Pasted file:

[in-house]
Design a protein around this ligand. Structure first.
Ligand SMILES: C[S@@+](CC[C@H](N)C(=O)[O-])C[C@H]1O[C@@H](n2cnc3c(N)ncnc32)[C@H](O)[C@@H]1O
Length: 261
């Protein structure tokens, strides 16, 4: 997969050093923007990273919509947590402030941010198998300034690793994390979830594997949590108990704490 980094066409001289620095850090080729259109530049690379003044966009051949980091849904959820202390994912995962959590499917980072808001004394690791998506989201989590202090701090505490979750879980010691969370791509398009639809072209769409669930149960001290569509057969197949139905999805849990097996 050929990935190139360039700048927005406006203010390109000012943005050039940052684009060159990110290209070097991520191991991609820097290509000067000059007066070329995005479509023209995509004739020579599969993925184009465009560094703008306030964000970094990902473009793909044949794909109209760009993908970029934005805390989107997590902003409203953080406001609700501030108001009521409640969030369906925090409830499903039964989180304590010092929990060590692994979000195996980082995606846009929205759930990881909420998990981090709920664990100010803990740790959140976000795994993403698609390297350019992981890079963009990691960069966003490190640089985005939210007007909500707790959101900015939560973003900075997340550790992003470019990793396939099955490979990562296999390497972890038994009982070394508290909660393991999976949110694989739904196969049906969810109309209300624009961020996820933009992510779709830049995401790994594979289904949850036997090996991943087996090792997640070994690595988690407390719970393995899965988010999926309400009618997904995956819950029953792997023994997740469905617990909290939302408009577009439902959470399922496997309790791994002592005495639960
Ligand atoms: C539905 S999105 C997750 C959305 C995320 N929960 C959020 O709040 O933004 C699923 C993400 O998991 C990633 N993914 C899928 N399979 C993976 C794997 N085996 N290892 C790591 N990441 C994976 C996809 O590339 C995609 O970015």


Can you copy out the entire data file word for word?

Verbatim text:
[in-house]
Design a protein around this ligand. Structure first.
Ligand SMILES: C[S@@+](CC[C@H](N)C(=O)[O-])C[C@H]1O[C@@H](n2cnc3c(N)ncnc32)[C@H](O)[C@@H]1O
Length: 261
């Protein structure tokens, strides 16, 4: 997969050093923007990273919509947590402030941010198998300034690793994390979830594997949590108990704490 980094066409001289620095850090080729259109530049690379003044966009051949980091849904959820202390994912995962959590499917980072808001004394690791998506989201989590202090701090505490979750879980010691969370791509398009639809072209769409669930149960001290569509057969197949139905999805849990097996 050929990935190139360039700048927005406006203010390109000012943005050039940052684009060159990110290209070097991520191991991609820097290509000067000059007066070329995005479509023209995509004739020579599969993925184009465009560094703008306030964000970094990902473009793909044949794909109209760009993908970029934005805390989107997590902003409203953080406001609700501030108001009521409640969030369906925090409830499903039964989180304590010092929990060590692994979000195996980082995606846009929205759930990881909420998990981090709920664990100010803990740790959140976000795994993403698609390297350019992981890079963009990691960069966003490190640089985005939210007007909500707790959101900015939560973003900075997340550790992003470019990793396939099955490979990562296999390497972890038994009982070394508290909660393991999976949110694989739904196969049906969810109309209300624009961020996820933009992510779709830049995401790994594979289904949850036997090996991943087996090792997640070994690595988690407390719970393995899965988010999926309400009618997904995956819950029953792997023994997740469905617990909290939302408009577009439902959470399922496997309790791994002592005495639960
Ligand atoms: C539905 S999105 C997750 C959305 C995320 N929960 C959020 O709040 O933004 C699923 C993400 O998991 C990633 N993914 C899928 N399979 C993976 C794997 N085996 N290892 C790591 N990441 C994976 C996809 O590339 C995609 O970015």